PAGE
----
Well, God answered him, and it is wonderful to see how gracious and thorough is his answer. He answered first by relieving the pressure on Moses with a division of labor. Verse 16:
And the Lord said to Moses, "Gather for me seventy men of the elders of Israel, whom you know to be the elders of the people and officers over them; and bring them to the tent of the meeting, and let them take their stand there with you. And I will come down and talk with you there; and I will take some of the spirit which is upon you and put it upon them; and they shall bear the burden of the people with you, that you may not bear it yourself alone." (Numbers 11:16-17 RSV)
It is rather remarkable that God chose in both the Old and New Testaments to use elders as the solution to the problem of an overburdened ministry. We find the same thing in the book of Acts. When the apostles were saddled with the task of leading a fast-growing church, which was increasing by leaps and bounds -- two thousand one day, three thousand another, five thousand a little later -- the solution of the Spirit was that they appoint elders to share the load with them. All through the New Testament we find that God's appointed way is to take men who are trustworthy, men of respect and honor, and put the spirit of leadership upon them and let them share the load, discovering the mind of God for the people. I am always impressed by the fact that God chose to do it this way and that he does understand the pressure that can come on a single individual who is charged with too much responsibility.
I believe that this is one of the great misunderstood concepts of the church today. I find that most churches do not think of elders as we see them functioning here and in the New Testament. Most churches think of elders as members of business executive boards who are simply charged with making decisions -- people come to them with problems and the elders decide what to do according to what they think best, just as a corporate board of executives would operate. But elders in the Bible were men who understood the people and who understood their problems. They intermingled with them and were involved with them, they ministered to them, and brought the intimate knowledge of that involvement with people and problems to the general gathering, so that, together, the elders might seek the mind of the Lord as to what the solution was. And the solutions came from God, not from men. That is eldership, and that is what God proposes to do here with Moses.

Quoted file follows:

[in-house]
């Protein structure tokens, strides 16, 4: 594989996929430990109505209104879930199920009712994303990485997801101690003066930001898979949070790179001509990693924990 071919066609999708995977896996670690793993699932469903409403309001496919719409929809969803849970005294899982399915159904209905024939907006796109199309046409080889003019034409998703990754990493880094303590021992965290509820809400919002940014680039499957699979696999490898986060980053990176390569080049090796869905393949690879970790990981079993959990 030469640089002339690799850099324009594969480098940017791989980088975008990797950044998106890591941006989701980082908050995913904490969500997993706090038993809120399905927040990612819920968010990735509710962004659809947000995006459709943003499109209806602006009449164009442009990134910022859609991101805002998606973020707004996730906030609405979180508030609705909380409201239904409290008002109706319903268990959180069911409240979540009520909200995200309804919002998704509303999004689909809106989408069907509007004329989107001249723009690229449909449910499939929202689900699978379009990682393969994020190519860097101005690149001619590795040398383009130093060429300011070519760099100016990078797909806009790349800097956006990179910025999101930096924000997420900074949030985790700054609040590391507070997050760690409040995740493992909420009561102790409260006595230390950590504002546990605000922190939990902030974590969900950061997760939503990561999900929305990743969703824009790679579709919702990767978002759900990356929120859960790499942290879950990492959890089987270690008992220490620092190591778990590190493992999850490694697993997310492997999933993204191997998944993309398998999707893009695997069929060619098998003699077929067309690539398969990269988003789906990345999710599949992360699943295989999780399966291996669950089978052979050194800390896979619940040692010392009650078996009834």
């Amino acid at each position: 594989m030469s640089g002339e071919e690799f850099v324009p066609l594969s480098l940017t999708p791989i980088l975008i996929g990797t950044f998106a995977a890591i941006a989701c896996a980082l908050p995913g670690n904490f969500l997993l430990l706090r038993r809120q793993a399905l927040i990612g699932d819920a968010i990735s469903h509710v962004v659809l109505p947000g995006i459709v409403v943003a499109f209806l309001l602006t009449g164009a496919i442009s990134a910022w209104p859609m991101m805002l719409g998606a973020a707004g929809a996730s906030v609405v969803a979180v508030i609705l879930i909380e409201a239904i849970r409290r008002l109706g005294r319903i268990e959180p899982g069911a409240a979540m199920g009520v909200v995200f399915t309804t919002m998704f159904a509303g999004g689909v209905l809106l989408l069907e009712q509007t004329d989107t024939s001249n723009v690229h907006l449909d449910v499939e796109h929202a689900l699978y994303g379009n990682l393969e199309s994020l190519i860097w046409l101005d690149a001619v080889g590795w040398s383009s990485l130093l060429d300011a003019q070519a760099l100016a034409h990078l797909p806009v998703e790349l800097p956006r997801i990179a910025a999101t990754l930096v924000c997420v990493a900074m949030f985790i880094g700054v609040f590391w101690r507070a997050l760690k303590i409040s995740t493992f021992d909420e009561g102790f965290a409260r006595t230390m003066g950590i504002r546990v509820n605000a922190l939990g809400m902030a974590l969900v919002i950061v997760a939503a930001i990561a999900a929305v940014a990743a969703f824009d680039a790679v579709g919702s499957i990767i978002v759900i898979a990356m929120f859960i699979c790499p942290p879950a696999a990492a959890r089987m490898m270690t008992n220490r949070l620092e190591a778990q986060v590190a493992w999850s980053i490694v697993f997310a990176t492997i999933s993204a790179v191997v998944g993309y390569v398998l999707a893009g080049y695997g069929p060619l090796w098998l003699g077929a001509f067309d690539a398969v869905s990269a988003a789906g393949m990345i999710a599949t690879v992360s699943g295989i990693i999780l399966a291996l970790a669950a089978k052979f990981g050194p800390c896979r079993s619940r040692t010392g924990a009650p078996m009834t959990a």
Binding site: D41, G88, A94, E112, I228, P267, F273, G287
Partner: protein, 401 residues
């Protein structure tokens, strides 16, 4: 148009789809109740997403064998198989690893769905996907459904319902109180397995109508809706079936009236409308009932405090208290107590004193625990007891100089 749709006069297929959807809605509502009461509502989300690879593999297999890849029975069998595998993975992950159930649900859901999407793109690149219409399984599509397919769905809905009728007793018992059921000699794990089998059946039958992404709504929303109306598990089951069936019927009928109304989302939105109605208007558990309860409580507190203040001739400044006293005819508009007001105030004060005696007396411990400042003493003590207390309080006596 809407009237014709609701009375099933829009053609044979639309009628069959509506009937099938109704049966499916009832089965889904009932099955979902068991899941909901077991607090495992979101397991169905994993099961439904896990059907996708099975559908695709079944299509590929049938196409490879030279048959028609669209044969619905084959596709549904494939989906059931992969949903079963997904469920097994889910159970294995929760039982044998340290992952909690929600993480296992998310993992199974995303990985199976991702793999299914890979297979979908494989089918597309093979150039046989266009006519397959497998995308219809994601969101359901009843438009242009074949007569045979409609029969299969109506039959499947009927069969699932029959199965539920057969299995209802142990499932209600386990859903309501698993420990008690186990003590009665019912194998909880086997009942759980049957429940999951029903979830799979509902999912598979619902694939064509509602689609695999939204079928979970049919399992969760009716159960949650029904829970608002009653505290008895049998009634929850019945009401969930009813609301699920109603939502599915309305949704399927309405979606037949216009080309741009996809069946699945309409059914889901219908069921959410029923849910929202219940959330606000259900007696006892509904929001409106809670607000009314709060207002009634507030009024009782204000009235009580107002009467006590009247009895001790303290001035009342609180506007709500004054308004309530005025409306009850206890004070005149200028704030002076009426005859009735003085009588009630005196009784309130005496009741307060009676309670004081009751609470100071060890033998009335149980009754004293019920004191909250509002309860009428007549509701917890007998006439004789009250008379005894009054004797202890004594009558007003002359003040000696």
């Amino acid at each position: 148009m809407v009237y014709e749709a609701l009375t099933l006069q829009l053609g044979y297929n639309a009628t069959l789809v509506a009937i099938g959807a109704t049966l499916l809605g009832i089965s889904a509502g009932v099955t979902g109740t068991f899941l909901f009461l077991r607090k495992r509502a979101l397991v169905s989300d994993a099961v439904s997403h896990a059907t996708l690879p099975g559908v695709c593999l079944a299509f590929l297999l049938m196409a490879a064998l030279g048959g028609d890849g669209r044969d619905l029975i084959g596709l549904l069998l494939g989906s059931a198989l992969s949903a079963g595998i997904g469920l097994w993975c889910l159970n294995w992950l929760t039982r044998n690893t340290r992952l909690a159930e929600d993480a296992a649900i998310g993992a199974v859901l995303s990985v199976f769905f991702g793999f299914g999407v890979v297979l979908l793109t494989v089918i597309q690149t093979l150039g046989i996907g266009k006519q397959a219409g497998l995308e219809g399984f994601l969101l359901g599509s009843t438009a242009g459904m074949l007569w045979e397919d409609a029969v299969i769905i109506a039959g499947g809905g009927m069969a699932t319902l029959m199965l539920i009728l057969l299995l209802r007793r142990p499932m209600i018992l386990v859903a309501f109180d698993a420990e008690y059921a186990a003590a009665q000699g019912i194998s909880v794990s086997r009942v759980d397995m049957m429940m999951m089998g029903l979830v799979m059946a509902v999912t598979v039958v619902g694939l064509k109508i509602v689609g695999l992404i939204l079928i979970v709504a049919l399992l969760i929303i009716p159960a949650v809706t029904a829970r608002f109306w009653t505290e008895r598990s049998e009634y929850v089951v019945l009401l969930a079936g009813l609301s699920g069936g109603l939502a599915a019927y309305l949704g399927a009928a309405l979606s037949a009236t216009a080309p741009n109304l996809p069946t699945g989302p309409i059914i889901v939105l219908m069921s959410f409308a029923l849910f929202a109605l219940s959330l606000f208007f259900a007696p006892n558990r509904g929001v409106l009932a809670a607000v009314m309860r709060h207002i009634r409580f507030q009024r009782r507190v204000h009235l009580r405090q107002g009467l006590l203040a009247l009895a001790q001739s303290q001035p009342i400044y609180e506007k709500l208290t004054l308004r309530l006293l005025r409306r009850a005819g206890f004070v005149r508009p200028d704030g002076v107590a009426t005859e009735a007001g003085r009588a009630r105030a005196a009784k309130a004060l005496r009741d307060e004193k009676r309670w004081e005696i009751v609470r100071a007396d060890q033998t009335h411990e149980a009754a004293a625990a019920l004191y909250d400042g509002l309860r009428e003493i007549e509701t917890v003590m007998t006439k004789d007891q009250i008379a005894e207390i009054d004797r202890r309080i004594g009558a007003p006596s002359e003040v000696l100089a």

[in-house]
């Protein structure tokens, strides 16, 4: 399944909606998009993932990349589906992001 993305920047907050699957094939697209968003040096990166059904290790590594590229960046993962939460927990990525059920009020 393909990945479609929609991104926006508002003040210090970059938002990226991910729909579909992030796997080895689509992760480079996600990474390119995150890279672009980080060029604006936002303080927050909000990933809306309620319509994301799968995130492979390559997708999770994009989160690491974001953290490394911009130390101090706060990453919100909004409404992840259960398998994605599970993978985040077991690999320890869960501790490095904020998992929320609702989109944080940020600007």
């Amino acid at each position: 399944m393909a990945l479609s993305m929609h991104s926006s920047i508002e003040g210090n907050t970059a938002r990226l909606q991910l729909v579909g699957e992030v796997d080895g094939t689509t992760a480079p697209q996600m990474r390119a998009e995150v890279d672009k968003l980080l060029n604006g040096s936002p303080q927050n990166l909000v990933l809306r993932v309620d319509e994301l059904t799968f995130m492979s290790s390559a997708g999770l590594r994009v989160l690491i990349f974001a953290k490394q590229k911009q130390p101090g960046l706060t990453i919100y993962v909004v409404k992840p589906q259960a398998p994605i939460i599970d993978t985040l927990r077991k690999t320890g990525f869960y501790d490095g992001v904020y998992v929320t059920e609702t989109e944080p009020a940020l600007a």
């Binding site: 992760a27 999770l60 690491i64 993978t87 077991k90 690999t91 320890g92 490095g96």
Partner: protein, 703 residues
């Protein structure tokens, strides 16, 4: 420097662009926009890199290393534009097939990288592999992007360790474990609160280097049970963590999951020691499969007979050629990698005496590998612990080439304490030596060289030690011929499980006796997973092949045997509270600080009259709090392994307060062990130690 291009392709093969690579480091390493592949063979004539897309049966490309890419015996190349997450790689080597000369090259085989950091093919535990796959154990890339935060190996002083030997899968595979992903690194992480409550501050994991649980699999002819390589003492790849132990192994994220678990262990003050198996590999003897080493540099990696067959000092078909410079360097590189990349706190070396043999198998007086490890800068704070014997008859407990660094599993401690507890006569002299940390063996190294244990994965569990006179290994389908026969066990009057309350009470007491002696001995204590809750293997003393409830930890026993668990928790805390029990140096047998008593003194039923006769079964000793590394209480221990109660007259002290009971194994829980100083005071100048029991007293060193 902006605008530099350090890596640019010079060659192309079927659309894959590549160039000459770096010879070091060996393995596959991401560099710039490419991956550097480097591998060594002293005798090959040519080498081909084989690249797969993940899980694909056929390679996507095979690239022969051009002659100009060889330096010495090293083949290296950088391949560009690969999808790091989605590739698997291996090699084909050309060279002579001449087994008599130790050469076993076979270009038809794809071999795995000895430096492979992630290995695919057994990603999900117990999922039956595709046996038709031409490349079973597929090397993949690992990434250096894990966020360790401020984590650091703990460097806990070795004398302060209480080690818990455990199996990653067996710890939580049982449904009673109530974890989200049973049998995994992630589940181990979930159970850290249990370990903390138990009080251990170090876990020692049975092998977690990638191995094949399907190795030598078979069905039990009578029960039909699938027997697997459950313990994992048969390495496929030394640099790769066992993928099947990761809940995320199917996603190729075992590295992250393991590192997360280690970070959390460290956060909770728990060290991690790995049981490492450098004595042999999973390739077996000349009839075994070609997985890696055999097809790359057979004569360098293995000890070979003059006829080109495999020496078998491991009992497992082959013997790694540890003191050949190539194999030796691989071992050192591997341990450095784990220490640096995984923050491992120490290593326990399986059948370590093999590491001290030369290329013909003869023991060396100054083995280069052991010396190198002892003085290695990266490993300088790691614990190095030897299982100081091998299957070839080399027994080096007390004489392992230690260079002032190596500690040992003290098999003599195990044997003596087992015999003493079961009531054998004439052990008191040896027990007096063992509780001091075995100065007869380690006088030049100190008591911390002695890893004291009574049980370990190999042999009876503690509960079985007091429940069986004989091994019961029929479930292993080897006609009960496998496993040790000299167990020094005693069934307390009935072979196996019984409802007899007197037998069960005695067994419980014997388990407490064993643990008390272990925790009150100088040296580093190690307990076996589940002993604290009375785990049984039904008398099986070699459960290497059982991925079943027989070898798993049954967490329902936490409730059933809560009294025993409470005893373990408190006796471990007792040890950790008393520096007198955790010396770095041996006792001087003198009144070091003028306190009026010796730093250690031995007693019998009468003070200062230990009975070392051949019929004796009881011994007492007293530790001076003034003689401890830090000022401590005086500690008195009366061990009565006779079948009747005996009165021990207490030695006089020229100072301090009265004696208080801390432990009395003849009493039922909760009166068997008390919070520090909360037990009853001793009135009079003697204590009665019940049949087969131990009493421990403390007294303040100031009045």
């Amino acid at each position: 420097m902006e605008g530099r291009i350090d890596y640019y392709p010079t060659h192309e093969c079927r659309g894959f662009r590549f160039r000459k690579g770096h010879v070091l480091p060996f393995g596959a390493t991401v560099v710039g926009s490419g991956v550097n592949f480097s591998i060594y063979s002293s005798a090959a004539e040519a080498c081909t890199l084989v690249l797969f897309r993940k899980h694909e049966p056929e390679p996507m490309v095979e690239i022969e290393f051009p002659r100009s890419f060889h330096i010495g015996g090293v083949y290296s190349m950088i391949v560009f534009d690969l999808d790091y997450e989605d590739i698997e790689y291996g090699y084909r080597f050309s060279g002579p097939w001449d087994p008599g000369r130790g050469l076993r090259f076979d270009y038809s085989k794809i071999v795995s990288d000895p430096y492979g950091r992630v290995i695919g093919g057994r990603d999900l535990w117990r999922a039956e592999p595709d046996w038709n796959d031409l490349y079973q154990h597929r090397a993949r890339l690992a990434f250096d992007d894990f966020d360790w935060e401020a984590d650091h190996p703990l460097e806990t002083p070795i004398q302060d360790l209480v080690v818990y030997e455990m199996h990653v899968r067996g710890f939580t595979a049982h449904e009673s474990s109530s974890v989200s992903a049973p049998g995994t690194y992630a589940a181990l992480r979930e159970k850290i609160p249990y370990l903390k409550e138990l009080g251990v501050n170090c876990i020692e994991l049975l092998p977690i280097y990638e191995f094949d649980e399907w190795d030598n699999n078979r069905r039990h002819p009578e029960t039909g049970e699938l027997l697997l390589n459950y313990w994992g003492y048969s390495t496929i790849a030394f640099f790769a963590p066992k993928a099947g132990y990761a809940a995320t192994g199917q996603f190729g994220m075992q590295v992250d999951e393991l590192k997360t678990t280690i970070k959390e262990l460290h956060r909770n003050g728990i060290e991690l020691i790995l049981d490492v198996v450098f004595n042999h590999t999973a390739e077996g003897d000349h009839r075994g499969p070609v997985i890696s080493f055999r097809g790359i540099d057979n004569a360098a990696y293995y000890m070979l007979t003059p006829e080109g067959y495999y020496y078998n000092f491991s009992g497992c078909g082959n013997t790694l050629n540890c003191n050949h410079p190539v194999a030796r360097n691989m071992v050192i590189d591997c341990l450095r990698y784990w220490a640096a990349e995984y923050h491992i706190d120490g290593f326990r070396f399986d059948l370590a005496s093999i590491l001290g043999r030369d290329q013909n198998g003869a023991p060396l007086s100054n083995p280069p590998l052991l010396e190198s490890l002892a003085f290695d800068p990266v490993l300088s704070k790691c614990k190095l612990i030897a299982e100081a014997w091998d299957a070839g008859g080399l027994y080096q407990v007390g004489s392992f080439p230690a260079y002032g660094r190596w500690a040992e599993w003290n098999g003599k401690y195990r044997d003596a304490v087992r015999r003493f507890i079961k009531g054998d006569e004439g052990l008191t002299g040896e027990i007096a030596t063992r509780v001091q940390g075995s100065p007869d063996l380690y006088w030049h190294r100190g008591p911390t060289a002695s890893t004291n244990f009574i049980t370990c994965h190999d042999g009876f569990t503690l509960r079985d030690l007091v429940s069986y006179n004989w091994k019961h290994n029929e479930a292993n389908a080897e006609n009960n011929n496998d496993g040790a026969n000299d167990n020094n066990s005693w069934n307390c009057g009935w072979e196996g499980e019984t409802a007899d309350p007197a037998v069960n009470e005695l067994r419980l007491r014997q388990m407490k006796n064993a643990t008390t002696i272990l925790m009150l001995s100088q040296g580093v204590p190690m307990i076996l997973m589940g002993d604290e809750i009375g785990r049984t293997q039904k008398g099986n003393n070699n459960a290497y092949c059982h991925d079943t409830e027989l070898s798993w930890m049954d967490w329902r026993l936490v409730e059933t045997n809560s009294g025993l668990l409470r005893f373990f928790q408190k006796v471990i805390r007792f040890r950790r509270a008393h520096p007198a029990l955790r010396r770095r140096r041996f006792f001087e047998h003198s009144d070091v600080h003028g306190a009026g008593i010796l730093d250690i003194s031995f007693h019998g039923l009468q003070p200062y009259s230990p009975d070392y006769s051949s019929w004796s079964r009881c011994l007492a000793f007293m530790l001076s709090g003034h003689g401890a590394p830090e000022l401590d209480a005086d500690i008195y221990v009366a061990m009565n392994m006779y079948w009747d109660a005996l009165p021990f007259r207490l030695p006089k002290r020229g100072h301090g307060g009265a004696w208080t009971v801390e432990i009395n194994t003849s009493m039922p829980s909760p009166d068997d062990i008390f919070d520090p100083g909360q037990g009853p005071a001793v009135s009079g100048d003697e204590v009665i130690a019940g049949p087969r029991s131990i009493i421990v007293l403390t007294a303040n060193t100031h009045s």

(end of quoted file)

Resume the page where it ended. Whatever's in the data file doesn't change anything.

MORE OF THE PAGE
It is interesting to see how two of these elders function, because we are told a little bit later, in Verse 26:
Now two men remained in the camp, one named Eldad, and the other named Medad, and the spirit rested upon them; they were among those registered, but they had not gone out to the tent, and so they prophesied in the camp. And a young man ran and told Moses, "Eldad and Medad are prophesying in the camp." (Numbers 11:26-27 RSV)
This young man is alarmed by this. He thinks Moses is going to be very upset that anybody else would have the temerity to do any prophesying.
And Joshua the son of Nun, the minister of Moses, one of his chosen men, said, "My lord Moses, forbid them." (Numbers 11:28 RSV)
"We can't let this happen. We've got to maintain the hierarchy here."
But Moses said to him, "Are you jealous for my sake" Would that all the Lord's people were prophets, that the Lord would put his spirit upon them!" (Numbers 11:29 RSV)